Eye problems can range from blurry vision, spots,night glares, and flashing lights. These are common eye complaints. Each could be a harmless annoyance or an early sign of disease. It isn’t always easy to tell the difference. Here are signs that may indicate trouble.
Eye Problems: Nearsightedness (Myopia)
When you’re nearsighted, things in the distance look blurry. Doctors call it myopia. You’re more likely to have it if:
- One or both of your parents have it
- You do lots of close-up reading
Nearsightedness can make it harder to drive, play sports, or see a blackboard or TV. Symptoms include blurred vision, squinting, and fatigue. To correct it, you can wear glasses, contacts, or get surgery in some cases.
Eye Problems: Farsightedness (Hyperopia)
Most people are born with mild farsightedness and outgrow it in childhood. When it persists, you may see distant objects well, but books, knitting, and other close objects are a blur. This problem runs in families. Symptoms include trouble with reading, blurry vision at night, eyestrain, and headaches. To treat it, you may wear glasses or contacts. Some people get surgery for it.
Eye Problems: Presbyopia
Tough word to pronounce, but even more trouble if you’re a senior citizen and have problems reading the fine print. It’s called presbyopia, which means “old eye” in Greek. Most people start to notice it in their 40s The eyes’ lenses become less flexible and can’t change shape to focus on objects at reading distance. The solution: Wear reading glasses or bifocals, which correct both near and distance vision. If you wear contacts, ask your eye doctor about contacts made for people with presbyopia.
Eye Problems: Astigmatism
If you have astigmatism in one or both eyes, your vision may be out of focus at any distance. It happens when the cornea, the clear “window” that covers the front of the eye, isn’t shaped right. Light rays can’t focus on a single point on your retina. Instead they scatter to many places. Symptoms include blurred vision, headaches, fatigue, and eye strain.
Glasses or contact lenses correct it. Surgery may be an option.
Eye Problems: Glaucoma
You can’t feel it, but this disease damages your optic nerve. You may not have any symptoms until you lose your central vision. Your side vision will go first. That’s why you need regular eye exams every 1 to 2 years, especially after you turn 40. Doctors can treat glaucoma with medications or surgery.
Eye Problems: Macular Degeneration:
Age-related macular degeneration (AMD) damages and then destroys your central vision, making it hard to read or drive. Symptoms can include a central blurry spot or straight lines that appear wavy. You’re more likely to have it if you are older than 60, smoke, have high blood pressure, are obese, are female, or have a family history of the condition. See your eye doctor regularly to check for AMD. Prompt treatment can help slow vision loss.
Eye Problems: Cataracts
By age 80, more than half of us will have had a cataract, or cloudy lens. Your vision slowly gets foggy and it gets hard to read, drive, and see at night. Diabetes, smoking, or too much time in the sun raise your chances. Surgery that replaces the clouded lens with an man-made one works well.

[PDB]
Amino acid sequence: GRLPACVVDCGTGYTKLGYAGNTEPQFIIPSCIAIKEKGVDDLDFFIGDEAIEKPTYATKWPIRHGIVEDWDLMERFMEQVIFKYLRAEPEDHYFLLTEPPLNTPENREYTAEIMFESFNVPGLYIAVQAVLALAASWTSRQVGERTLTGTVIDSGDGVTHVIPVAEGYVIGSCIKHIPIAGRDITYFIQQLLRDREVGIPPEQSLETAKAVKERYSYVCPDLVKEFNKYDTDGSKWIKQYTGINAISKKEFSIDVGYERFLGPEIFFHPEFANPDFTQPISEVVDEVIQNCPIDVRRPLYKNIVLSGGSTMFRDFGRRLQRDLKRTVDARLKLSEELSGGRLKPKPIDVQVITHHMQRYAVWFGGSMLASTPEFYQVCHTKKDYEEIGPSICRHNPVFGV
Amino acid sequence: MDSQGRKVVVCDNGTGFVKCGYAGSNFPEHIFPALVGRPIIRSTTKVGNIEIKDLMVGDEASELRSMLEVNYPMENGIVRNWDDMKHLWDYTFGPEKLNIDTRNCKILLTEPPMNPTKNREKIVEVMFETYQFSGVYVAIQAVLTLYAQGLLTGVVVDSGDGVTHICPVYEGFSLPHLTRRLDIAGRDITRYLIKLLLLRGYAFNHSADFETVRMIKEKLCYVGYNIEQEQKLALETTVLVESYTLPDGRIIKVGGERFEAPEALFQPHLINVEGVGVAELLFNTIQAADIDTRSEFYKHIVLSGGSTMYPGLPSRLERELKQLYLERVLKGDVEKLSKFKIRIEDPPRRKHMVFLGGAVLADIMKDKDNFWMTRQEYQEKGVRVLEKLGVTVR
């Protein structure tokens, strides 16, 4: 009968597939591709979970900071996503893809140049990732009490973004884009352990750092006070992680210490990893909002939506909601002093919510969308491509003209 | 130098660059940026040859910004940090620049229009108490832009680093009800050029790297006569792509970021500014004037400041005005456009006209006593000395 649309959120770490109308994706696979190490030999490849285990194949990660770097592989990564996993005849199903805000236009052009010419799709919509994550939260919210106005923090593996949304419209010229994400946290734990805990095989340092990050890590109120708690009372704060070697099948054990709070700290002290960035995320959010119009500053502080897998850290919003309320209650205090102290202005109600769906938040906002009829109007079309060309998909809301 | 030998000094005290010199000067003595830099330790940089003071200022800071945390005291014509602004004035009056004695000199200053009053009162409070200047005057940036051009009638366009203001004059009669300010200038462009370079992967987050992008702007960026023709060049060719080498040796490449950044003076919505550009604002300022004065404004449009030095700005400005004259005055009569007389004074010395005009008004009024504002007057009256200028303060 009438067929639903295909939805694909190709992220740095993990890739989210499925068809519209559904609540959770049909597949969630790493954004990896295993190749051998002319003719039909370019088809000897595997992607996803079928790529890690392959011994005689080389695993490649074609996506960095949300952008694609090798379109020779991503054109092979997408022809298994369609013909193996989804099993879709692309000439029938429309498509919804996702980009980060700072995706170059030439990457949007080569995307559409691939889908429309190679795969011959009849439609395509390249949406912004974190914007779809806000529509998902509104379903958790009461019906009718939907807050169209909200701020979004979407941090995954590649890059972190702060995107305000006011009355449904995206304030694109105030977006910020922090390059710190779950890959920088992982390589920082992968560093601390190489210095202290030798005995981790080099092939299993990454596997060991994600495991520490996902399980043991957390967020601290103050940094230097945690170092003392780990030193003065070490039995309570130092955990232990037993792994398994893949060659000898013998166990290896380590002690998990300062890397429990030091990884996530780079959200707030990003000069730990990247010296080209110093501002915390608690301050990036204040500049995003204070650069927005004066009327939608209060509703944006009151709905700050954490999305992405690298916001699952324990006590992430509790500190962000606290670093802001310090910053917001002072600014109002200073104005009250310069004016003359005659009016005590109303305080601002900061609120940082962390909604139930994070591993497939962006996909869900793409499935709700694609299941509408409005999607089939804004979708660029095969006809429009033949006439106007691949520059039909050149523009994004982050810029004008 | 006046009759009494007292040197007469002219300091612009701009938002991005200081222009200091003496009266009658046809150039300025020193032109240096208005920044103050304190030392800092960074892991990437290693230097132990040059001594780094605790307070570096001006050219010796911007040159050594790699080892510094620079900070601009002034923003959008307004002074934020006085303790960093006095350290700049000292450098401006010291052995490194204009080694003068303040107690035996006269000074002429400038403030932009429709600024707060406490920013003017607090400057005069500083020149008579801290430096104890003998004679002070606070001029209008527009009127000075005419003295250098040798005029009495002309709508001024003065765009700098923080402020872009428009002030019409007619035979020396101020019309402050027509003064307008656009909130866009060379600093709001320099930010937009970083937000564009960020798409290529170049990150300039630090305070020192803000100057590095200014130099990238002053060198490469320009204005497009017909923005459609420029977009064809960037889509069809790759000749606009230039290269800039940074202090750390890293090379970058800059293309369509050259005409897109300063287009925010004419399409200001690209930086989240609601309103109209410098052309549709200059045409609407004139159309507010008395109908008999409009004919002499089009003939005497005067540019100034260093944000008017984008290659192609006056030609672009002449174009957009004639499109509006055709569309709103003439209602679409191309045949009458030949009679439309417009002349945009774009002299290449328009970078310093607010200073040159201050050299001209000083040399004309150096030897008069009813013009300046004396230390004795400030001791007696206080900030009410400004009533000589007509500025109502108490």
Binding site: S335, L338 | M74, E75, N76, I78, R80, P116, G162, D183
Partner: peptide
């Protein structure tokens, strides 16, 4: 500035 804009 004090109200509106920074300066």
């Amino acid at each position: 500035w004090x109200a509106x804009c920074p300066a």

Eye Problems: Retinitis Pigmentosa (RP)
You can inherit this disorder from your parents. It often begins with night vision problems. Next comes a slow loss of side vision. That becomes tunnel vision and finally, in some cases, blindness. High-dose vitamin A supplements can reduce vision loss and an implant that can restore some vision is in the works. But see your doctor before you take supplements. Too much vitamin A can be toxic.
Eye Problems: Floaters and Specks
Do you see blurry spots or specks that move?They’re probably floaters — debris in your eye’s vitreous gel. They don’t block vision and are easier to see in bright light. Floaters are common and usually harmless. See a doctor right away if:
- They show up or multiply suddenly.
- You see flashes of light.
- There are white or black spots all the time.
- You notice a sudden shadow or loss of side vision.
Eye Problems: Amblyopia (Lazy Eye)
When you’re a child, if one eye doesn’t see well, your brain may favor the other. This condition, called ambylopia, can happen if your eyes aren’t aligned right (strabismus or crossed eyes) or one eye just doesn’t work as well. The doctor will prescribe a patch or drops that blur vision in the “good” eye. This prompts your brain to use the other eye. If amblyopia isn’t treated during childhood, it can cause permanent vision loss.
Eye Problems: Get Regular Checkups
You need regular checkups all through your life, especially if eye problems run in your family or if you have other risk factors. An eye exam can also find other problems, like diabetes and high blood pressure, or even a stroke or brain tumor. Bulging eyes can signal thyroid disease. A yellow tint in the whites of your eyes might be sign of liver problems.
Eye Problems: Foods For Eye Health
Carrots really are good for your eyes. So are spinach, nuts, oranges, beef, fish, whole grains, many other things that make up a healthy diet. Look for foods with antioxidants like omega-3 fatty acids; vitamins C, E, and beta-carotene; as well as zinc, lutein, and zeaxanthin.
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